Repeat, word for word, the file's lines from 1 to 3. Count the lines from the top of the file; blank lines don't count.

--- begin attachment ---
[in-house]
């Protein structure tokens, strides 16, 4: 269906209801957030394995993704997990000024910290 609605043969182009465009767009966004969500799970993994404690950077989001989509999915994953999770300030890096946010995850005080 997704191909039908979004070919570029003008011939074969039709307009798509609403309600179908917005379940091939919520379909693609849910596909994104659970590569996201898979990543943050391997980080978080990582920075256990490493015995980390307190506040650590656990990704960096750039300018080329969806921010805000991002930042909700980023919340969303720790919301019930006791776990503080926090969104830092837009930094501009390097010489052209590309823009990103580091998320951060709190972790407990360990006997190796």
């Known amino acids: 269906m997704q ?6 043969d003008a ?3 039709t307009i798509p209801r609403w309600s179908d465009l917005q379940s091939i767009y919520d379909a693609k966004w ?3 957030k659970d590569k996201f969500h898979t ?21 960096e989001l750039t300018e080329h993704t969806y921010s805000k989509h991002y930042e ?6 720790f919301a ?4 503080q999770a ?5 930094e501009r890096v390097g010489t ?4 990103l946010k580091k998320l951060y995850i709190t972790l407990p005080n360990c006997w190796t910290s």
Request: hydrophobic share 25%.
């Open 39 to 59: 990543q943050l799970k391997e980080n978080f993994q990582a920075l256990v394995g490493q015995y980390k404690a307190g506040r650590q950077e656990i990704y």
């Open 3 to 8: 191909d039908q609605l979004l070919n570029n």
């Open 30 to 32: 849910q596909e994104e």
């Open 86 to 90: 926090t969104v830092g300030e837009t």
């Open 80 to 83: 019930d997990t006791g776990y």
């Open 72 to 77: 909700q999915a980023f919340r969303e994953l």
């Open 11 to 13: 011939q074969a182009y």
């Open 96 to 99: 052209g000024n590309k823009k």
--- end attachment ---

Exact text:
[in-house]
């Protein structure tokens, strides 16, 4: 269906209801957030394995993704997990000024910290 609605043969182009465009767009966004969500799970993994404690950077989001989509999915994953999770300030890096946010995850005080 997704191909039908979004070919570029003008011939074969039709307009798509609403309600179908917005379940091939919520379909693609849910596909994104659970590569996201898979990543943050391997980080978080990582920075256990490493015995980390307190506040650590656990990704960096750039300018080329969806921010805000991002930042909700980023919340969303720790919301019930006791776990503080926090969104830092837009930094501009390097010489052209590309823009990103580091998320951060709190972790407990360990006997190796």
């Known amino acids: 269906m997704q ?6 043969d003008a ?3 039709t307009i798509p209801r609403w309600s179908d465009l917005q379940s091939i767009y919520d379909a693609k966004w ?3 957030k659970d590569k996201f969500h898979t ?21 960096e989001l750039t300018e080329h993704t969806y921010s805000k989509h991002y930042e ?6 720790f919301a ?4 503080q999770a ?5 930094e501009r890096v390097g010489t ?4 990103l946010k580091k998320l951060y995850i709190t972790l407990p005080n360990c006997w190796t910290s």